Marijuana should be legal in small amounts, says a slim majority of Marylanders in a new poll, and more than eight in 10 believe the consequences for possessing small amounts of the drug should be fines or rehabilitation rather than jail time, according to The Washington Post.
The Goucher Poll also found that nine out of 10 Maryland residents support use of marijuana for medical purposes, if prescribed by a doctor.
“When it comes to marijuana use in the state, a slight majority of Marylanders support legalization for small amounts, and a large majority support the drug’s use for medicinal purposes,” said Mileah Kromer, director of the Sarah T. Hughes Field Politics Center. “Citizens of the state also seem to support the decriminalization of marijuana, favoring policies that focus on rehabilitation and fines, rather than jail time for possession. This will be an issue to watch for the upcoming legislative session.”
The Goucher poll found that 51 percent of Marylanders support making marijuana use legal in the state, while 40 percent oppose legalization.
During this year’s legislative session, Maryland lawmakers passed a bill authorizing distribution of marijuana for medical purposes by qualified academic centers, the newspaper reported. Legislative analysts have said it is unlikely the drug would be legally dispensed before 2016.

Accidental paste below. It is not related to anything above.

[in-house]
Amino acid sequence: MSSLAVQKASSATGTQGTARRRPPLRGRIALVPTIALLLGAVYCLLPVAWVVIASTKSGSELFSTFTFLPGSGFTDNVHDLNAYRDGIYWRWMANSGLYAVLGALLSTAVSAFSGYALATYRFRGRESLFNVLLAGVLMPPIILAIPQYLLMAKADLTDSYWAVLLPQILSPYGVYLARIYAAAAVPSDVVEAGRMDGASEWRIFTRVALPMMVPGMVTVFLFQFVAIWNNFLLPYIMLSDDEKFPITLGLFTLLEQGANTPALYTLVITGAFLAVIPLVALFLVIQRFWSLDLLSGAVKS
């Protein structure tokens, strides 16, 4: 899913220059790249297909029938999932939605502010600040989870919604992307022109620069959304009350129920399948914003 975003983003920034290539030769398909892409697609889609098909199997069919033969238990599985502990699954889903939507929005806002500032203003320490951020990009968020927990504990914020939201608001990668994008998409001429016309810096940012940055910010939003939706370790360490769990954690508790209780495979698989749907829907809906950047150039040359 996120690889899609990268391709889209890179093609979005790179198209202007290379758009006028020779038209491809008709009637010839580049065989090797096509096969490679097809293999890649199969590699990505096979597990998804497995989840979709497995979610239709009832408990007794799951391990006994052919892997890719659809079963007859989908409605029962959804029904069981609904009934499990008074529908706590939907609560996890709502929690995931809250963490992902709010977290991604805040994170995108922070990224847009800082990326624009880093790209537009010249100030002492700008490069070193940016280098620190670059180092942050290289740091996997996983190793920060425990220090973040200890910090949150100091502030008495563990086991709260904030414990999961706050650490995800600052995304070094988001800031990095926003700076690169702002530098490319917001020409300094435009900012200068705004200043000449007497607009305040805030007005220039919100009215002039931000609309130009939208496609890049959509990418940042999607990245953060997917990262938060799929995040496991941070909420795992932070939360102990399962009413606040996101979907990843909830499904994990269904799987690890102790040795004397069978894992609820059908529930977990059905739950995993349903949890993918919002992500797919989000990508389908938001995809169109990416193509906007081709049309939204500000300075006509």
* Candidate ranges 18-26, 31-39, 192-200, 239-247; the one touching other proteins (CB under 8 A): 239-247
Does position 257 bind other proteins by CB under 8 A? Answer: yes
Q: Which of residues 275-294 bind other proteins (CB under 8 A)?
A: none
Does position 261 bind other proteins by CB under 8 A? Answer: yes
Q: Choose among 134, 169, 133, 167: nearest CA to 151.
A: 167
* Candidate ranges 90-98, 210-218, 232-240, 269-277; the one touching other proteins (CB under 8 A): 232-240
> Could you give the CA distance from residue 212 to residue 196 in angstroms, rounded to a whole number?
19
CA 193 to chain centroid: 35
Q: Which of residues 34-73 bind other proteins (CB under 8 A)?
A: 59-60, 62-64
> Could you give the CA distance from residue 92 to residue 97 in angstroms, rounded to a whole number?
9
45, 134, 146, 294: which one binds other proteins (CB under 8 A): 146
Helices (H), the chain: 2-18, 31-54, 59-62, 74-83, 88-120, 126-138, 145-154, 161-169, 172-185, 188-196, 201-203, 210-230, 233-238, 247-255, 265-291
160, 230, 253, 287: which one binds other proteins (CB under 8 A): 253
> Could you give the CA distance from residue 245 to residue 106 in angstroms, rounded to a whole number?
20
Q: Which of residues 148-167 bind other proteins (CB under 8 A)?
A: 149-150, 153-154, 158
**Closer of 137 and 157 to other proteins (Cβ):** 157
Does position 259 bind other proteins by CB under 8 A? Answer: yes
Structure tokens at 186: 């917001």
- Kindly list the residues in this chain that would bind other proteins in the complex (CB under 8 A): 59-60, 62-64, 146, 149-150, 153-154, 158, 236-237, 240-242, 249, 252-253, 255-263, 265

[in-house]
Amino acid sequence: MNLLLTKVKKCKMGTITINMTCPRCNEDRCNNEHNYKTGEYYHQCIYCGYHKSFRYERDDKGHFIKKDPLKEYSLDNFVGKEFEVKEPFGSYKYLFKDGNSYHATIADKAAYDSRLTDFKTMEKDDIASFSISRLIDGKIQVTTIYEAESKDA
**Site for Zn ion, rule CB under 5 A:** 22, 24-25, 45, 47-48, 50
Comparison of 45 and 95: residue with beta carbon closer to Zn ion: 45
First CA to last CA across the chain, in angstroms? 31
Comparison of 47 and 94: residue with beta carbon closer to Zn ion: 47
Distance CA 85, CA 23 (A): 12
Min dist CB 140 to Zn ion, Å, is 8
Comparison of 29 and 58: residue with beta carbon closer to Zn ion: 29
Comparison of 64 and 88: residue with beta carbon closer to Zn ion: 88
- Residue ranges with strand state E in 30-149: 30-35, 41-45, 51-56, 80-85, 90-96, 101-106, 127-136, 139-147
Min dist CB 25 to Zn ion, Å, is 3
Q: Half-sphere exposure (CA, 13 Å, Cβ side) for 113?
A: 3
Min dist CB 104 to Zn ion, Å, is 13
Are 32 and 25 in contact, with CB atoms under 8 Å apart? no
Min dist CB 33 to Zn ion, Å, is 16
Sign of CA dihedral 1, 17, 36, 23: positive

A separate bill passed the Senate this year that would have decriminalized possession of small amounts of marijuana, carrying only a civil fine of up to $100. That legislation died in the House of Delegates. Supporters have vowed to try again when lawmakers reconvene in January, the Post said.
When presented with a list of consequences for possessing small amounts of marijuana, 49 percent of residents supported policies that focus on fines, while 34 percent said they favor rehabilitation. Six percent said they prefer measures that focus on jail time, the newspaper said.
Meanwhile, 90 percent support the use of marijuana for medical purposes, according to the poll.